Former Miami Heat superstar Alonzo Mourning headlines the NBA Hall of Fame Class of 2014 induction ceremony this Friday in Springfield, Massachusetts. Mourning will be accompanied by the two men who had the biggest impact on his career in the game of basketball – John Thompson (Georgetown) and Pat Riley (Miami Heat).
Mourning’s list of accomplishments on the court included an NBA Championship, a 7-time NBA All-Star and a 2-time NBA Defensive Player of the Year. For his career, he averaged 17.1 points per game, 8.5 rebounds per game, and most impressively 2.8 blocks per game.
While Mourning dominated on the court for 15 seasons, it was what he overcame off the court that made his upcoming Hall of Fame induction possible. It seemed unlikely that Mourning would ever step foot onto the basketball court again following the 2002-2003 season, when he was diagnosed with a serious kidney disease. Not only did Mourning survive the life-threatening illness, but he would soon return to the NBA and play another five seasons.
Although he also played for the Charlotte Hornets and the New Jersey Nets, Mourning will always be remembered as a Miami Heat icon in the eyes of basketball fans around the world. Heat fans will forever cherish what he brought to the organization – an organization that before him had accomplished nothing.
Considering what Mourning meant to the Miami Heat franchise and the fact that it is Hall of Fame week, I felt as though a tribute of some sort was necessary for Zo. For the next five days (one a day) I will reflect on Mourning’s notable moments in Heat history.
With this in mind, let’s begin…
#5 – Alonzo Mourning Traded to the Miami Heat
I begin my countdown of the five most notable moments in Alonzo Mourning’s Heat history with the announcement that he was being traded to the Heat organization (of course).
Pat Riley bolted from the New York Knicks to join the Miami Heat prior to the 1995-1996 season. At the time, the Heat were not a very good basketball organization and had accomplished very little in their first seven years of existence (no playoff series wins).
Riley needed a face of the franchise that he could build around for the future – he found that when he acquired Alonzo Mourning from the Charlotte Hornets shorty after his arrival in South Florida.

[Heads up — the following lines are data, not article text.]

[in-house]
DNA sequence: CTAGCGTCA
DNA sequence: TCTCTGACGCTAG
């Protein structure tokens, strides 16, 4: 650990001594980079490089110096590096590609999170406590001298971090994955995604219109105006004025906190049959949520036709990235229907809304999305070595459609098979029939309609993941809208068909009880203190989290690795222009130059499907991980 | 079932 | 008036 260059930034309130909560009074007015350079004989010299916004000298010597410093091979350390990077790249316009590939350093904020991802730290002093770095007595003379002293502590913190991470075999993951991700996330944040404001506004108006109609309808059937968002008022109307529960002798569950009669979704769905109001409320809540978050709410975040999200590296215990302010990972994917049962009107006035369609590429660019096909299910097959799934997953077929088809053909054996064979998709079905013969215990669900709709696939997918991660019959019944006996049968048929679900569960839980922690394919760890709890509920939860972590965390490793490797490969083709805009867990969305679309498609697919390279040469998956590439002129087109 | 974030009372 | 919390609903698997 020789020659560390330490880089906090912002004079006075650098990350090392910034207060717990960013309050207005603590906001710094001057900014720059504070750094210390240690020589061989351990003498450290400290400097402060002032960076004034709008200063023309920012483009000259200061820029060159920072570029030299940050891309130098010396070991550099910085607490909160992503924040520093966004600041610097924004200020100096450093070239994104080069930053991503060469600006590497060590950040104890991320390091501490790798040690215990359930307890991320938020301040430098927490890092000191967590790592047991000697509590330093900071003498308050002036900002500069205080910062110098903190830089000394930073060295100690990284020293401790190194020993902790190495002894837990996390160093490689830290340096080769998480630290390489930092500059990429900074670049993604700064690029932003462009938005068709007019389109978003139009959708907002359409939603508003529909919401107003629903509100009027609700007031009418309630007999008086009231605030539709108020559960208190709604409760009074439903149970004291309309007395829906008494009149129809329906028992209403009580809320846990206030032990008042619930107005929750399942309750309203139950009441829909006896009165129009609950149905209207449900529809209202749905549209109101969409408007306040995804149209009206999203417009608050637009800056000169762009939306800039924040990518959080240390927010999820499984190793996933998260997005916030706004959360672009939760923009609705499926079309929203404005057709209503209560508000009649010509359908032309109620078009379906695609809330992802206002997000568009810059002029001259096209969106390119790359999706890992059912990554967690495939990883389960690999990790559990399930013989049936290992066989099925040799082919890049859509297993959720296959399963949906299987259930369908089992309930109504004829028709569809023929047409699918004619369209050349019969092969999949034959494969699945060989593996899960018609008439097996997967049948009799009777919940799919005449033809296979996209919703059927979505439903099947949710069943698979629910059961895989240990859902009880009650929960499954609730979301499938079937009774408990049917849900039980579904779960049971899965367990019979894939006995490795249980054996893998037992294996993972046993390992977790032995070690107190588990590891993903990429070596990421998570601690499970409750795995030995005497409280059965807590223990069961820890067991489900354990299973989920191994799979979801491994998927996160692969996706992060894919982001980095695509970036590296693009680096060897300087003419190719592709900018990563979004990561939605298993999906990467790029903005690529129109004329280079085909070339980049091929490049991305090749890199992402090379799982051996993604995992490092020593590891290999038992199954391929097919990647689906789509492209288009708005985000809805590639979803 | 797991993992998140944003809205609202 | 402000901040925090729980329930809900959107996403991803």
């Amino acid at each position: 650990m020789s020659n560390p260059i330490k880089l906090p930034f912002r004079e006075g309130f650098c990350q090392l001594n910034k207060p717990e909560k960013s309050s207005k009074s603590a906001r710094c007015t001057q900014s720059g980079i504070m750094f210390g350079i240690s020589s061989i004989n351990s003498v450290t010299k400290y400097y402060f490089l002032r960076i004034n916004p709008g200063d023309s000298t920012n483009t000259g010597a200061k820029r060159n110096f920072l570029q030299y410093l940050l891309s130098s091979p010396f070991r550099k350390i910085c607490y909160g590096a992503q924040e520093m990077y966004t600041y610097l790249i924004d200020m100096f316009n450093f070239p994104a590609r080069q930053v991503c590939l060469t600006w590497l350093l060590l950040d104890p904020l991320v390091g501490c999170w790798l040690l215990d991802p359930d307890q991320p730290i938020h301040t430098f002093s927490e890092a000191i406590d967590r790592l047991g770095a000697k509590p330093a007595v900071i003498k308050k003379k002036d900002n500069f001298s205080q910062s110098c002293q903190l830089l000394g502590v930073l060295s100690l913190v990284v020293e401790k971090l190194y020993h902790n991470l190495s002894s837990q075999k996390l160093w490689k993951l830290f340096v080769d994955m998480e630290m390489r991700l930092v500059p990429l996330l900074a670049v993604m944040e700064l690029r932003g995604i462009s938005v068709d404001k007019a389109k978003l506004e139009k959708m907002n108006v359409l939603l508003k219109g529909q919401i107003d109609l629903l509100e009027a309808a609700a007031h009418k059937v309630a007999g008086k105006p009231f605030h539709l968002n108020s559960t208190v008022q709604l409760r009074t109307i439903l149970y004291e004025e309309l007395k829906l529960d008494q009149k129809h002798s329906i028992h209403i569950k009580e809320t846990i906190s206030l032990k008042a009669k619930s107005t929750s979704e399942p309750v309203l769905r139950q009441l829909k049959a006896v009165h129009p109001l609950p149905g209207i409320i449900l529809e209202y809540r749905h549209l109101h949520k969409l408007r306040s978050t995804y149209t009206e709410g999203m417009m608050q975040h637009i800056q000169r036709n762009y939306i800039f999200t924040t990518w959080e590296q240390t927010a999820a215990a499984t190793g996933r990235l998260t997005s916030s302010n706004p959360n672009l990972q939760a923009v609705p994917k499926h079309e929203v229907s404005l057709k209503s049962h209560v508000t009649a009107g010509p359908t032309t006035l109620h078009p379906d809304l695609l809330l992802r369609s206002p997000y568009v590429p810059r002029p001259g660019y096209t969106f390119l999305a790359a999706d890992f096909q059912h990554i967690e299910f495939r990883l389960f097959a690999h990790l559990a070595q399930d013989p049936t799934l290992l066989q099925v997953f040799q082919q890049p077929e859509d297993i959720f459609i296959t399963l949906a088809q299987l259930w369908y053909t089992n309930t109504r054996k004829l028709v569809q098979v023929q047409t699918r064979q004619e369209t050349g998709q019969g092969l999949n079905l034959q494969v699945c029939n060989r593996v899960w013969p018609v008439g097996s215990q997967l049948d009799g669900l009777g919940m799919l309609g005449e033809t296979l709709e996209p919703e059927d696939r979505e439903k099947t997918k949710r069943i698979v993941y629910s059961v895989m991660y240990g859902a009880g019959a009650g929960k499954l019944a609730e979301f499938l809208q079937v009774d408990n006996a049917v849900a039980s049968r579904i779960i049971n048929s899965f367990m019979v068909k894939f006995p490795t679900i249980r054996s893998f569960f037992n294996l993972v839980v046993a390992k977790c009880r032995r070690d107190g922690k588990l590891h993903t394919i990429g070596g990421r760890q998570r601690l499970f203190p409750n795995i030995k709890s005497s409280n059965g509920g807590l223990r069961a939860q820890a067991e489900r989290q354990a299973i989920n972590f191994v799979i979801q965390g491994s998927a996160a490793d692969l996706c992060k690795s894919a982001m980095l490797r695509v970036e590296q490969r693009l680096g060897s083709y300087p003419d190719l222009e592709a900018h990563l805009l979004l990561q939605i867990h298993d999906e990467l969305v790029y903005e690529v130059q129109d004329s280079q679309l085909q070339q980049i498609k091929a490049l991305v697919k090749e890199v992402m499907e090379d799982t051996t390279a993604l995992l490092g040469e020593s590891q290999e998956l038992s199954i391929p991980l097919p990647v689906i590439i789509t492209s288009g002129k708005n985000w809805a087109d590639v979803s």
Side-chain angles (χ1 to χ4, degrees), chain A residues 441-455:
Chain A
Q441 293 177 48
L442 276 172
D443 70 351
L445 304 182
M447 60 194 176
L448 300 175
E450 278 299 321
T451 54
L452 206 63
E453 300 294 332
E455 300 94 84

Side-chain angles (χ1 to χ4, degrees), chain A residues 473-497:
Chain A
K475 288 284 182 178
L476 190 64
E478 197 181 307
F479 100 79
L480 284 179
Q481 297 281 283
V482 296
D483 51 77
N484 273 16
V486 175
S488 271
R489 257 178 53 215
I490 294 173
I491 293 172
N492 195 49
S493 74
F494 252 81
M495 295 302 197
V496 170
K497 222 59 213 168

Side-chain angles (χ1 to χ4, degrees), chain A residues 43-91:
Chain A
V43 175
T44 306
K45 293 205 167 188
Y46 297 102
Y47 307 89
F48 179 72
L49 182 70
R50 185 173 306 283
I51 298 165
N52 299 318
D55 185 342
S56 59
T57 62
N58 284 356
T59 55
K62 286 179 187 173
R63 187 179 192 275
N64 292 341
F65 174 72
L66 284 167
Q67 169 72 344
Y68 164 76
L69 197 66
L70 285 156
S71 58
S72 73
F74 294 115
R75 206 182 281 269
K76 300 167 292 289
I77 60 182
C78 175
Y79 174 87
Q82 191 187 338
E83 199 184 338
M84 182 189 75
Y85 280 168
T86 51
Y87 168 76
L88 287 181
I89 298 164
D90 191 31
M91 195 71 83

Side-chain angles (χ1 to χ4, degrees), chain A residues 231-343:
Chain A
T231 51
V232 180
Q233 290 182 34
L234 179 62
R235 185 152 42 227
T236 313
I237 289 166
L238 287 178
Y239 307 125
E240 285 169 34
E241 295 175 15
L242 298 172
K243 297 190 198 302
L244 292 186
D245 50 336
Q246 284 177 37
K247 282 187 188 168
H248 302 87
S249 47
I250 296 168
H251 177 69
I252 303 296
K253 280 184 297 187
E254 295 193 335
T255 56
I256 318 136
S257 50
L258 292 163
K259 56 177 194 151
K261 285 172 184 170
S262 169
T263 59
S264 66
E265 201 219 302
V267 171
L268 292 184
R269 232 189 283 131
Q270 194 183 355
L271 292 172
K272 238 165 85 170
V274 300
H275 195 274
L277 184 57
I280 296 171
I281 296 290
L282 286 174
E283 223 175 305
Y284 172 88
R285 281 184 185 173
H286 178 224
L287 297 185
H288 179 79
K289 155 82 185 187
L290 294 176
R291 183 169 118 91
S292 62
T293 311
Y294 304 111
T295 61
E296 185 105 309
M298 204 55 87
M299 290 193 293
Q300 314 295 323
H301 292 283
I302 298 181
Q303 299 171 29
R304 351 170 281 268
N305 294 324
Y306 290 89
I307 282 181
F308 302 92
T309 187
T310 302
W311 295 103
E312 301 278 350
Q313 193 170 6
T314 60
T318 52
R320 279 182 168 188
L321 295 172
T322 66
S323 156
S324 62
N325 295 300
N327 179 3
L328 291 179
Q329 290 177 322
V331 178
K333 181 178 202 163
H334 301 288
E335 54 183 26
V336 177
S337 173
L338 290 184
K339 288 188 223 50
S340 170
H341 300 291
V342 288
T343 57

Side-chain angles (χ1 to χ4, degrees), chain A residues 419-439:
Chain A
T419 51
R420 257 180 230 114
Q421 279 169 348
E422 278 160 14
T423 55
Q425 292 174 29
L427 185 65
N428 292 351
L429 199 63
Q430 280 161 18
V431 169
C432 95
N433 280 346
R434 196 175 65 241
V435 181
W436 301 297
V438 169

The trade (officially Mourning, Pete Myers, and LeRon Ellis to the Heat and Glen Rice, Matt Geiger, Khalid Reeves, and a first round pick to the Hornets) was one that looking back, the Heat clearly won. Rice, the centerpiece of the deal going back to Charlotte, had some quality seasons following the trade but nothing quite like Mourning had in Miami.
The other players in the transaction never amounted to much (for either side). Mourning would spend a part of 11 NBA seasons with the Miami Heat following the trade while Rice would only spend three years in Charlotte.
Following retirement, Mourning was brought into a front-office position with the Miami Heat organization. He has occupied the Vice President of Player Programs and Development role for the Heat since 2009. His status in the organization may could even lead to him being the successor of current Heat President Pat Riley.
The trade that sent Alonzo Mourning to the Miami Heat forever changed the direction of the organization. Quite simply, Zo put the Heat on the map. Without him, there is good reason to believe that the Heat would still be searching for their first ever championship.
Check back tomorrow (Wednesday) when I unveil the fourth-most notable moment in Mourning’s career as we get another day closer to the Hall of Fame induction ceremony Friday night.